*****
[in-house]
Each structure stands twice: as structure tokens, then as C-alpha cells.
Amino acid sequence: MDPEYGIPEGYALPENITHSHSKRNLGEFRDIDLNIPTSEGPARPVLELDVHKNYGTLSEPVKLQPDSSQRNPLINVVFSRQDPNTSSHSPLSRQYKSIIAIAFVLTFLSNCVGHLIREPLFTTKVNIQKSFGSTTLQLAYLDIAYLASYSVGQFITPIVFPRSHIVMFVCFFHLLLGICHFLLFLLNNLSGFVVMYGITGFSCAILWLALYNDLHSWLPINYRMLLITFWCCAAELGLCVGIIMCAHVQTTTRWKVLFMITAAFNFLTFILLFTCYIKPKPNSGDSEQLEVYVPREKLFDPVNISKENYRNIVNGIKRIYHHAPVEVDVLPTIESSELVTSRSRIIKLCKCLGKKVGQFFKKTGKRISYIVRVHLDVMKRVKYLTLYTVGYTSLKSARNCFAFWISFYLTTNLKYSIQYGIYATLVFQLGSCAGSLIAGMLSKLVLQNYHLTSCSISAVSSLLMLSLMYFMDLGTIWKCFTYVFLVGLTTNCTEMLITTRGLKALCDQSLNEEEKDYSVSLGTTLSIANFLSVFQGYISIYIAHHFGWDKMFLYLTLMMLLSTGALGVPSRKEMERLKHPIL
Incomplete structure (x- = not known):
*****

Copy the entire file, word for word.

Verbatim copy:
[in-house]
Each structure stands twice: as structure tokens, then as C-alpha cells.
Amino acid sequence: MDPEYGIPEGYALPENITHSHSKRNLGEFRDIDLNIPTSEGPARPVLELDVHKNYGTLSEPVKLQPDSSQRNPLINVVFSRQDPNTSSHSPLSRQYKSIIAIAFVLTFLSNCVGHLIREPLFTTKVNIQKSFGSTTLQLAYLDIAYLASYSVGQFITPIVFPRSHIVMFVCFFHLLLGICHFLLFLLNNLSGFVVMYGITGFSCAILWLALYNDLHSWLPINYRMLLITFWCCAAELGLCVGIIMCAHVQTTTRWKVLFMITAAFNFLTFILLFTCYIKPKPNSGDSEQLEVYVPREKLFDPVNISKENYRNIVNGIKRIYHHAPVEVDVLPTIESSELVTSRSRIIKLCKCLGKKVGQFFKKTGKRISYIVRVHLDVMKRVKYLTLYTVGYTSLKSARNCFAFWISFYLTTNLKYSIQYGIYATLVFQLGSCAGSLIAGMLSKLVLQNYHLTSCSISAVSSLLMLSLMYFMDLGTIWKCFTYVFLVGLTTNCTEMLITTRGLKALCDQSLNEEEKDYSVSLGTTLSIANFLSVFQGYISIYIAHHFGWDKMFLYLTLMMLLSTGALGVPSRKEMERLKHPIL
Incomplete structure (x- = not known):